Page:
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Review
. 2008 Apr;49(4):697-714.
doi: 10.1194/jlr.R800002-JLR200. Epub 2008 Feb 2.

Pathogenesis of Permeability Barrier Abnormalities in the Ichthyoses: Inherited Disorders of Lipid Metabolism

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Free PMC article
Review

Pathogenesis of Permeability Barrier Abnormalities in the Ichthyoses: Inherited Disorders of Lipid Metabolism

Peter M Elias et al. J Lipid Res. .
Free PMC article

Abstract

Many of the ichthyoses are associated with inherited disorders of lipid metabolism. These disorders have provided unique models to dissect physiologic processes in normal epidermis and the pathophysiology of more common scaling conditions. In most of these disorders, a permeability barrier abnormality "drives" pathophysiology through stimulation of epidermal hyperplasia. Among primary abnormalities of nonpolar lipid metabolism, triglyceride accumulation in neutral lipid storage disease as a result of a lipase mutation provokes a barrier abnormality via lamellar/nonlamellar phase separation within the extracellular matrix of the stratum corneum (SC). Similar mechanisms account for the barrier abnormalities (and subsequent ichthyosis) in inherited disorders of polar lipid metabolism. For example, in recessive X-linked ichthyosis (RXLI), cholesterol sulfate (CSO(4)) accumulation also produces a permeability barrier defect through lamellar/nonlamellar phase separation. However, in RXLI, the desquamation abnormality is in part attributable to the plurifunctional roles of CSO(4) as a regulator of both epidermal differentiation and corneodesmosome degradation. Phase separation also occurs in type II Gaucher disease (GD; from accumulation of glucosylceramides as a result of to beta-glucocerebrosidase deficiency). Finally, failure to assemble both lipids and desquamatory enzymes into nascent epidermal lamellar bodies (LBs) accounts for both the permeability barrier and desquamation abnormalities in Harlequin ichthyosis (HI). The barrier abnormality provokes the clinical phenotype in these disorders not only by stimulating epidermal proliferation, but also by inducing inflammation.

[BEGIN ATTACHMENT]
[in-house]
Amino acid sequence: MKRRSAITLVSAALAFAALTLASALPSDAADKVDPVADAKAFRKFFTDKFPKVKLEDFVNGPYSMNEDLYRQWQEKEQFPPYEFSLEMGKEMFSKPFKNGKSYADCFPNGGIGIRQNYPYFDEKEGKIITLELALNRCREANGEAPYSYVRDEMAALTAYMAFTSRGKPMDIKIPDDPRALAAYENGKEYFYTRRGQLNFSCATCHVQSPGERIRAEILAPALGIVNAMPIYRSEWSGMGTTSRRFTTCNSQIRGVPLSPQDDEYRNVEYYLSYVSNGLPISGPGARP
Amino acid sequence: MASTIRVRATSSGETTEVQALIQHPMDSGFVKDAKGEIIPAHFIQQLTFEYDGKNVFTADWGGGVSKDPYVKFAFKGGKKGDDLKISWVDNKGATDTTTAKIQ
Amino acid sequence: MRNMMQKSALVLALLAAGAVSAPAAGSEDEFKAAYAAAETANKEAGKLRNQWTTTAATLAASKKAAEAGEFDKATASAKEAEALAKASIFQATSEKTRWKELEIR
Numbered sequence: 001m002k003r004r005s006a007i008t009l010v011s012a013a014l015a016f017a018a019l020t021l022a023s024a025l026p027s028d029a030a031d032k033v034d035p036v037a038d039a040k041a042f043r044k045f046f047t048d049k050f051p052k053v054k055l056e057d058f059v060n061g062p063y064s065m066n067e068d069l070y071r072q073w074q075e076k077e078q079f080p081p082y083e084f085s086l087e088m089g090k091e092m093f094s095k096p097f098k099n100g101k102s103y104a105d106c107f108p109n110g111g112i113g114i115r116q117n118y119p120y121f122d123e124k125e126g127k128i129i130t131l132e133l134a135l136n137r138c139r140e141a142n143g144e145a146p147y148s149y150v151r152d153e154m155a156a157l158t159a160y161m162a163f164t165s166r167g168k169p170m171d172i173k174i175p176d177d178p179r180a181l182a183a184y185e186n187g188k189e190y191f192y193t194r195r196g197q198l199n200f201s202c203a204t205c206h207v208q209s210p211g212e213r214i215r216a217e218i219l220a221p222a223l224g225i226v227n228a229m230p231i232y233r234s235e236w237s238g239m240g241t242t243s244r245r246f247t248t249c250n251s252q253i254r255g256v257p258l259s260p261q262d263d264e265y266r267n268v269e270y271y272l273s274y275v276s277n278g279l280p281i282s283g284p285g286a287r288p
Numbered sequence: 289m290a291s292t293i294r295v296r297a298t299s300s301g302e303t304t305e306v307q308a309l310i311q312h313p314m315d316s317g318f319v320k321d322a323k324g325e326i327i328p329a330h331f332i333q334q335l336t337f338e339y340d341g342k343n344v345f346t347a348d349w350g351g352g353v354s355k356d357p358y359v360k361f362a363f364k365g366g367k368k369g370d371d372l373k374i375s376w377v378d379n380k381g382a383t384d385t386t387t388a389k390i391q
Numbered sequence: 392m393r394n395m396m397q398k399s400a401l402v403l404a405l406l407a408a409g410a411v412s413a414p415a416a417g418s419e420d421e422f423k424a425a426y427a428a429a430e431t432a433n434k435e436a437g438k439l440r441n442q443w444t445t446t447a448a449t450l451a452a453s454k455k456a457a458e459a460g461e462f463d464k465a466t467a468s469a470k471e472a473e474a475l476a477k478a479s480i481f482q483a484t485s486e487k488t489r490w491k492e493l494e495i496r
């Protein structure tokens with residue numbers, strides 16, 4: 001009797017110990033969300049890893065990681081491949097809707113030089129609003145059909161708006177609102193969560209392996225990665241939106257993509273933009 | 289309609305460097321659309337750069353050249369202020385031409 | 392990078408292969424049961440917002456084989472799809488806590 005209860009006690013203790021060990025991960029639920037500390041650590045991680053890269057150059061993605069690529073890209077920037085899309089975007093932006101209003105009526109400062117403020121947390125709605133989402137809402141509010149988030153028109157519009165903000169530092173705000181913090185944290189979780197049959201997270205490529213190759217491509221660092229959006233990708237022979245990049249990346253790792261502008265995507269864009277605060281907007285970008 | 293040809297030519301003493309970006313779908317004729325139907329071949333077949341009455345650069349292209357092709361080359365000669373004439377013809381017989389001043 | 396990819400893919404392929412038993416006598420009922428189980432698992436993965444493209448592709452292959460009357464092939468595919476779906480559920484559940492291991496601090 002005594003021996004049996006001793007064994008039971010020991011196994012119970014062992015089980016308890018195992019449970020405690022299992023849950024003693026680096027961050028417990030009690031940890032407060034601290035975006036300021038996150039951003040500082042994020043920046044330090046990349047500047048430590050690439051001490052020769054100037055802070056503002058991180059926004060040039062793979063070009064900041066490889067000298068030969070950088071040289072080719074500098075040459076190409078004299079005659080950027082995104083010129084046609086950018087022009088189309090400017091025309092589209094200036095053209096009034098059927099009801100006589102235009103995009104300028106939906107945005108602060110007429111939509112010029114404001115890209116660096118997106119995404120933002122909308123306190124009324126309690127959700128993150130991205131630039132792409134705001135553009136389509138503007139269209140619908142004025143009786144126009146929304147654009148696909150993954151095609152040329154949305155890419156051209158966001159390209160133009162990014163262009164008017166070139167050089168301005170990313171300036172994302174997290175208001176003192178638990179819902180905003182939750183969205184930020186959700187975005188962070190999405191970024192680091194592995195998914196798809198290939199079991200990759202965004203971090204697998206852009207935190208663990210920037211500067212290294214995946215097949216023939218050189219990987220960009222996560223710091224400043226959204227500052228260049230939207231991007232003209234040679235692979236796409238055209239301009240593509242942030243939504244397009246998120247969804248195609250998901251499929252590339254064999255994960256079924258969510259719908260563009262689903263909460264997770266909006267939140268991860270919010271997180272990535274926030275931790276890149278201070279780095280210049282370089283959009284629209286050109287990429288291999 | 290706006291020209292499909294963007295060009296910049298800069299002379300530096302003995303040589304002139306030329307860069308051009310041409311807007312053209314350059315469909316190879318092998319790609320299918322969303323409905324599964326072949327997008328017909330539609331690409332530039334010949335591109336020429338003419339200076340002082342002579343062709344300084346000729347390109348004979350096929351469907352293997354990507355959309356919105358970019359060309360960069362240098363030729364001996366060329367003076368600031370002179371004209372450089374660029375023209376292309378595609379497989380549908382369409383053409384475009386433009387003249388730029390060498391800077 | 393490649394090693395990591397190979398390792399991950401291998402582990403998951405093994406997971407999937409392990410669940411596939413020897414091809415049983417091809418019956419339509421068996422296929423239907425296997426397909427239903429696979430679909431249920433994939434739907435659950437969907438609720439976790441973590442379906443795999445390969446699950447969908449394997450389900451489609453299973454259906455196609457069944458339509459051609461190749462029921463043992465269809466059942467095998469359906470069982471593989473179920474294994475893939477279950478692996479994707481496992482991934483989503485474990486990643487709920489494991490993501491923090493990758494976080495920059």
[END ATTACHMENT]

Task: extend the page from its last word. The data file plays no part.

Figures

Fig. 1
Fig. 1
Proposed pathogenesis of neutral lipid storage disease. LB, lamellar body; PL, phospholipids; SC, stratum corneum; TAG, triacylglyceride; TEWL, transepidermal water loss.
Fig. 2
Fig. 2
Potential disruptions in peroxidated lipid pathways in autosomal recessive congenital ichthyosis. CYP4F22, cytochrome P450, family 4, subfamily F, polypeptide 22; FALDH, fatty aldehyde dehydrogenase; PPAR, peroxisome proliferator-activated receptor; 12R-HPETE, 12(R)-hydro-peroxyeicosatetraenoic acid; 12R-LOX, 12R-lipoxygenase.
Fig. 3
Fig. 3
How steroid sulfatase (SSase) deficiency leads to recessive X-linked ichthyosis. CE, cornified envelope; CLE, cornified lipid envelope; PKC, protein kinase C; TGM1, transglutaminase 1.
Fig. 4
Fig. 4
Consequences of the epidermal cholesterol sulfate cycle for normal skin. Chol, cholesterol; SULT2B1b, cholesterol sulfotransferase.
Fig. 5
Fig. 5
Potential pathogenic mechanisms in Gaucher disease. Cer, ceramide; GlcCer, glucocerebroside; GlcCer’ase, glucocerebrosidase.
Fig. 6
Fig. 6
Protein delivery to lamellar bodies is dependent upon prior lipid deposition: sites of blockade in harlequin ichthyosis and cerebral dysgenesis, neuropathy, ichthyosis, and palmoplantar keratoderma syndrome. ER, endoplasmic reticulum; TGN, trans-Golgi network.

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